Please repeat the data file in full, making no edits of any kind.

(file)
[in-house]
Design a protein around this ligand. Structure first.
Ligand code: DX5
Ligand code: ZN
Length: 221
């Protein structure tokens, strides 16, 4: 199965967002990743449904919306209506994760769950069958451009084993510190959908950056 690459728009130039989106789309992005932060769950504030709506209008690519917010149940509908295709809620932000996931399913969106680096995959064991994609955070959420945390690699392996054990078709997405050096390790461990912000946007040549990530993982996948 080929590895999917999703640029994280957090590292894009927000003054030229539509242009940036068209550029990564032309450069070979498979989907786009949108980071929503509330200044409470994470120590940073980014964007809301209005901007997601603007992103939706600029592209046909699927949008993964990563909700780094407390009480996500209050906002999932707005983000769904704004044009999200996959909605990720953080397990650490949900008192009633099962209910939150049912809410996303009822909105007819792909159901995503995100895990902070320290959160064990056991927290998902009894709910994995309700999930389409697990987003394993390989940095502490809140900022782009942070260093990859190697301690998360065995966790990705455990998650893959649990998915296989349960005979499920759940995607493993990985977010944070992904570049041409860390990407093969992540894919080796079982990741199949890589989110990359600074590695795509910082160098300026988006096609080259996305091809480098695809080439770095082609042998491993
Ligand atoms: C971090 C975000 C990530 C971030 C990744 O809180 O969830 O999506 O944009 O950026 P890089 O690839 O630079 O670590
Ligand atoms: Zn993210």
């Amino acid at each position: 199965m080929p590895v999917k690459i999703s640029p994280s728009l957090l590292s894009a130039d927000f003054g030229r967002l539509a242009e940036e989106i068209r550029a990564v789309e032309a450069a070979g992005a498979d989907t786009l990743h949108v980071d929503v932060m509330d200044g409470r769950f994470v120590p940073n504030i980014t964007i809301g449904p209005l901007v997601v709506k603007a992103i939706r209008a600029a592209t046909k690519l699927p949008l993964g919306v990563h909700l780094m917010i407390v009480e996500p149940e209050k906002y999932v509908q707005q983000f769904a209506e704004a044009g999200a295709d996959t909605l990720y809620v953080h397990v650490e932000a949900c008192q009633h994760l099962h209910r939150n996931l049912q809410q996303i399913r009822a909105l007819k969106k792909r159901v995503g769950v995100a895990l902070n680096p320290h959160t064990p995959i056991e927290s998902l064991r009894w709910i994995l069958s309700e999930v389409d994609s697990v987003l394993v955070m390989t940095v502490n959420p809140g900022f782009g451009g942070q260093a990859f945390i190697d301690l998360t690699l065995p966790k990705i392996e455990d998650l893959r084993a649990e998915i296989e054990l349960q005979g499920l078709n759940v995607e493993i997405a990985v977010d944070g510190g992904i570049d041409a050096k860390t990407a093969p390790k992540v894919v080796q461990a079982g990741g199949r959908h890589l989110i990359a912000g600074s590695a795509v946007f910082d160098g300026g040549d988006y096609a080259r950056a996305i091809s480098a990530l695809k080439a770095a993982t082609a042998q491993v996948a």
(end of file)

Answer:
[in-house]
Design a protein around this ligand. Structure first.
Ligand code: DX5
Ligand code: ZN
Length: 221
């Protein structure tokens, strides 16, 4: 199965967002990743449904919306209506994760769950069958451009084993510190959908950056 690459728009130039989106789309992005932060769950504030709506209008690519917010149940509908295709809620932000996931399913969106680096995959064991994609955070959420945390690699392996054990078709997405050096390790461990912000946007040549990530993982996948 080929590895999917999703640029994280957090590292894009927000003054030229539509242009940036068209550029990564032309450069070979498979989907786009949108980071929503509330200044409470994470120590940073980014964007809301209005901007997601603007992103939706600029592209046909699927949008993964990563909700780094407390009480996500209050906002999932707005983000769904704004044009999200996959909605990720953080397990650490949900008192009633099962209910939150049912809410996303009822909105007819792909159901995503995100895990902070320290959160064990056991927290998902009894709910994995309700999930389409697990987003394993390989940095502490809140900022782009942070260093990859190697301690998360065995966790990705455990998650893959649990998915296989349960005979499920759940995607493993990985977010944070992904570049041409860390990407093969992540894919080796079982990741199949890589989110990359600074590695795509910082160098300026988006096609080259996305091809480098695809080439770095082609042998491993
Ligand atoms: C971090 C975000 C990530 C971030 C990744 O809180 O969830 O999506 O944009 O950026 P890089 O690839 O630079 O670590
Ligand atoms: Zn993210």
């Amino acid at each position: 199965m080929p590895v999917k690459i999703s640029p994280s728009l957090l590292s894009a130039d927000f003054g030229r967002l539509a242009e940036e989106i068209r550029a990564v789309e032309a450069a070979g992005a498979d989907t786009l990743h949108v980071d929503v932060m509330d200044g409470r769950f994470v120590p940073n504030i980014t964007i809301g449904p209005l901007v997601v709506k603007a992103i939706r209008a600029a592209t046909k690519l699927p949008l993964g919306v990563h909700l780094m917010i407390v009480e996500p149940e209050k906002y999932v509908q707005q983000f769904a209506e704004a044009g999200a295709d996959t909605l990720y809620v953080h397990v650490e932000a949900c008192q009633h994760l099962h209910r939150n996931l049912q809410q996303i399913r009822a909105l007819k969106k792909r159901v995503g769950v995100a895990l902070n680096p320290h959160t064990p995959i056991e927290s998902l064991r009894w709910i994995l069958s309700e999930v389409d994609s697990v987003l394993v955070m390989t940095v502490n959420p809140g900022f782009g451009g942070q260093a990859f945390i190697d301690l998360t690699l065995p966790k990705i392996e455990d998650l893959r084993a649990e998915i296989e054990l349960q005979g499920l078709n759940v995607e493993i997405a990985v977010d944070g510190g992904i570049d041409a050096k860390t990407a093969p390790k992540v894919v080796q461990a079982g990741g199949r959908h890589l989110i990359a912000g600074s590695a795509v946007f910082d160098g300026g040549d988006y096609a080259r950056a996305i091809s480098a990530l695809k080439a770095a993982t082609a042998q491993v996948a």